Marky Ryden Fans Are Much Cooler Than You Are

The upside to our extreme tardiness is that gallery was nearly empty, and we were able to secure many decent, people-free photos! Winning!

Whipped Cream Installation View
Installation View

The Art of Whipped Cream features drawings, sketches and paintings created for the production of American Ballet Theatre’s Whipped Cream. A concurrent exhibition of Ryden’s work for the ballet is running at Gallery Met, located at the Metropolitan Opera House, through July 8th, 2017.

Please enjoy our photos from the show!

Cotton Candy Curtain
Cotton Candy Curtain

Whipped Cream Drop
Whipped Cream Drop

Princess Praline and Her Entourage
Princess Praline and Her Entourage

Princess Praline Detail
Princess Praline, Detail

Parfait Man
Parfait Man

The Carriage
The Carriage



Church Tree Scrim
Church Tree Scrim

Installation View
Installation View

Plum Brandy

Mark Ryden: The Art of Whipped Cream will be on view through July 21st, 2017 at Paul Kasmin Gallery, Located at 515 West 27th Street,in the Chelsea Gallery District.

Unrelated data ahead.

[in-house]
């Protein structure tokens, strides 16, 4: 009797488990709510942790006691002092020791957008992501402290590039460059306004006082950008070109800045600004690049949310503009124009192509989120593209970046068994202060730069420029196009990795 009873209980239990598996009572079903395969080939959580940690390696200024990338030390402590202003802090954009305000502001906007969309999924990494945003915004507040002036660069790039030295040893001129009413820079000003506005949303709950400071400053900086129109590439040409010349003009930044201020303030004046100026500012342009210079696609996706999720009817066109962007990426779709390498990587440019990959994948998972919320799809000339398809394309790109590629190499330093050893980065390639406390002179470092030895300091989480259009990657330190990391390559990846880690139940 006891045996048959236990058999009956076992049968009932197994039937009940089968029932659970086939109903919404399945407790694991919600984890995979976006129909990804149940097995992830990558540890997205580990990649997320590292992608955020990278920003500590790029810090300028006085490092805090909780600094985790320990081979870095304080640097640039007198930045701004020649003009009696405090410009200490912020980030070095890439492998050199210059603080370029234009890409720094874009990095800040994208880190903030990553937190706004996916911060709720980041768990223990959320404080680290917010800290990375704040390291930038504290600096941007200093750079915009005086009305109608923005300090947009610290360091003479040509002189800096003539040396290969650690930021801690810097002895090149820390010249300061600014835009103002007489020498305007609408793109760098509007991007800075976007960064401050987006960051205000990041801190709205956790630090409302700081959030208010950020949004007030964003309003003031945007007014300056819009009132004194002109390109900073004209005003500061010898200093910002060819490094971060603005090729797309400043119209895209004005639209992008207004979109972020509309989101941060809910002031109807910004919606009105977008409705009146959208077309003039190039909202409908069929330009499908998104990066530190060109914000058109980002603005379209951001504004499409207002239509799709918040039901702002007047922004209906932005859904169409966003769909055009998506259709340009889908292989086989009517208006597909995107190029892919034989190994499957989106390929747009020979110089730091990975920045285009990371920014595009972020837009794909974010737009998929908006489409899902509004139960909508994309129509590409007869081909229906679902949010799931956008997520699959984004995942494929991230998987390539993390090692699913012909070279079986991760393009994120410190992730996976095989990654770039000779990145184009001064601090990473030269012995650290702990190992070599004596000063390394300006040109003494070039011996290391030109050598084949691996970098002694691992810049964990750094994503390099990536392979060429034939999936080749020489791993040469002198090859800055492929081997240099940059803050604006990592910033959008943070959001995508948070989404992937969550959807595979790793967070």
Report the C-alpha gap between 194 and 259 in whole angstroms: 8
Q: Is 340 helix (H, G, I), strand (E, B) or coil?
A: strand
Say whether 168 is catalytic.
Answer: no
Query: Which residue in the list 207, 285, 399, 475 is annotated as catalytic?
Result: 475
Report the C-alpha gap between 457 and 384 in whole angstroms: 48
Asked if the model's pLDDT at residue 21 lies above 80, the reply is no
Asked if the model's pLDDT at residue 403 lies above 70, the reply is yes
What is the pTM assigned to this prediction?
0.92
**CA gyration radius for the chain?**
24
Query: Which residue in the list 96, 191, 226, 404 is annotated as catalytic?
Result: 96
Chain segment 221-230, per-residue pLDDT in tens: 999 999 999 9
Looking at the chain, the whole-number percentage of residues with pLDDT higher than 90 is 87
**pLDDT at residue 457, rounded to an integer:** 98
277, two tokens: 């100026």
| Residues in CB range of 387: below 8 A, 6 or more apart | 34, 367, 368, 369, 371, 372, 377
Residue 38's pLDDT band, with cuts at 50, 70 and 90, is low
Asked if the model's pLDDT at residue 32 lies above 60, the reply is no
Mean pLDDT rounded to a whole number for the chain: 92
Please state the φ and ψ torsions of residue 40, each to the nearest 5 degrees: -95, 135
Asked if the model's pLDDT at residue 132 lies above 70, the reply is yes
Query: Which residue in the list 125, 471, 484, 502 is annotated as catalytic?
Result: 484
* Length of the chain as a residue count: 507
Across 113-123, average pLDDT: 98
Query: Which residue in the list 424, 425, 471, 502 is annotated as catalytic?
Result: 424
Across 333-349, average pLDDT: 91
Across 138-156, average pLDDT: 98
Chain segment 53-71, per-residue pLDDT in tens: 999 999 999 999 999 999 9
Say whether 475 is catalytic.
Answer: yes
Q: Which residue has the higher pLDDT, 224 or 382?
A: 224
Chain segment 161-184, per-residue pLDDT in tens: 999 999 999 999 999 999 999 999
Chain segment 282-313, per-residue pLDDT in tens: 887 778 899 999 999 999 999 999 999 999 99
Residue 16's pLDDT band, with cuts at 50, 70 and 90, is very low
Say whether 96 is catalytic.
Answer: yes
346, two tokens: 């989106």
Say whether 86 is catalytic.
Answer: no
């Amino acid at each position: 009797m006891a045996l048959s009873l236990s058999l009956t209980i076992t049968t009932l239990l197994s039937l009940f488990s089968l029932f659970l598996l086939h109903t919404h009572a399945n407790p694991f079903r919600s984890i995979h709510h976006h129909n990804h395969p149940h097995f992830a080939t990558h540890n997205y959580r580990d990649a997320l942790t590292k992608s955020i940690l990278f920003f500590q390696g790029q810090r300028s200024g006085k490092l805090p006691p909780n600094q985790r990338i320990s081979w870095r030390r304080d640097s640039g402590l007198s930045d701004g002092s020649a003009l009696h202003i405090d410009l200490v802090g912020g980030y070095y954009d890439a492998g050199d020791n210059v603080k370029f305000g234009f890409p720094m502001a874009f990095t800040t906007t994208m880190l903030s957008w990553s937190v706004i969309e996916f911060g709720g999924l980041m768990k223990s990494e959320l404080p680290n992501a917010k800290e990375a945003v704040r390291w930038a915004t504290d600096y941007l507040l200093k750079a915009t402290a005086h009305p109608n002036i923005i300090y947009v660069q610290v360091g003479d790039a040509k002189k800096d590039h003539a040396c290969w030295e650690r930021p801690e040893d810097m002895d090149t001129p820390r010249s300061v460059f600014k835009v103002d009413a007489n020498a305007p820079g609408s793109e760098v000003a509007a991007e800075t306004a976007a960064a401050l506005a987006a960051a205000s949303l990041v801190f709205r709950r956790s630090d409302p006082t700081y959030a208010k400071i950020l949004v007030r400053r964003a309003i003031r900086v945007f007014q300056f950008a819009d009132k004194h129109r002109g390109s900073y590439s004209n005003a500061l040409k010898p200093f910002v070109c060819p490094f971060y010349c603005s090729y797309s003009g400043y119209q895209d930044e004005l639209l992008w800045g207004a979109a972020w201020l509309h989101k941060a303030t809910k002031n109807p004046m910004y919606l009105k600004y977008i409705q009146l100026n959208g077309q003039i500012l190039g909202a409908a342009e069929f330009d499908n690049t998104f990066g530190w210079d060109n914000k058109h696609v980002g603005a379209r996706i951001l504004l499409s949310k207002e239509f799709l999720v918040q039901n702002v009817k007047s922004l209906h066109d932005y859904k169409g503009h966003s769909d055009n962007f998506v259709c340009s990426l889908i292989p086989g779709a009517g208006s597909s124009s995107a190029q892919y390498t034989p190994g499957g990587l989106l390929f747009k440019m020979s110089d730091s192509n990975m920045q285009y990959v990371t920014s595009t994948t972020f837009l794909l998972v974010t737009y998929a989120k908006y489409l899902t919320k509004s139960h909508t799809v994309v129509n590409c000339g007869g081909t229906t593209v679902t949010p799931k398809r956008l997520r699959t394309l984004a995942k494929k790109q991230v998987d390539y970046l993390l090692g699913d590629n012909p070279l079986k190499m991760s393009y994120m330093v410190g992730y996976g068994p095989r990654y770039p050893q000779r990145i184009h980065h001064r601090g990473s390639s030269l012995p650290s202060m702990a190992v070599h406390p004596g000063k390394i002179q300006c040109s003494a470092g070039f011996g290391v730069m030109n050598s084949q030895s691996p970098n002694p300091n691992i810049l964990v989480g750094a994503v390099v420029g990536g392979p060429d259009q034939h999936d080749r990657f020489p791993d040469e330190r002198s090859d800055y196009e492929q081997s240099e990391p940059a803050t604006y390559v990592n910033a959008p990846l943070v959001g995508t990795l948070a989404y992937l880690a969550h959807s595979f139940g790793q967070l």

American Ballet Theatre’s Whipped Cream will be Performed at the Metropolitan Opera House, NYC, Through July 8th, 2017. 

The Hospital
The Hospital

Nurse Corps de Ballet
Nurse Corps de Ballet

Dessert Counter Detail
Dessert Counter, Detail

I Went to Mark Ryden’s Dodecahedron Exhibit, And it Was Really Crowded

Aurora With Crowd
All Photos By Gail

Mark Ryden’s much-anticipated new exhibit, Dodecahedron, opened last Thursday at Paul Kasmin Gallery on 10th Avenue, and what a happening it was! A line of hardcore fans began snaking down the block 30 minutes before the doors even opened! Once we were let inside, promptly at 6 PM, it quickly became a mob scene and it was virtually impossible to get clear shots of any of the art, perhaps best exemplified by the photo above, where the epic, 12-foot high painting, Aurora, is obscured as high as 5 feet off the ground. It was evident that we would have to make a return trip for blogging purposes, which we did this weekend.

Dodecahedron Installation View

For this exhibition, Ryden created his first sculpture cast from bronze, entitled Self Portrait as a Dodecahedron. Measuring one meter in height, the work consists of twelve pentagonal panels that join together to form the show’s titular Dodecahedron. Each panel is individually cast and features images and motifs that have been prevalent throughout the artist’s oeuvre such as; the Tree, the Eye, the Fetus, the Bee, the Ammonite, and Abraham Lincoln.


Here are some shots of the Dodecahedron’s various faces.

Bee and Baby

Abe Lincoln


The gallery space in which the Dodecahedron sits also displays framed study drawings for many of the oil paintings in the exhibit, which are featured prominently in the front gallery.

Horned Baby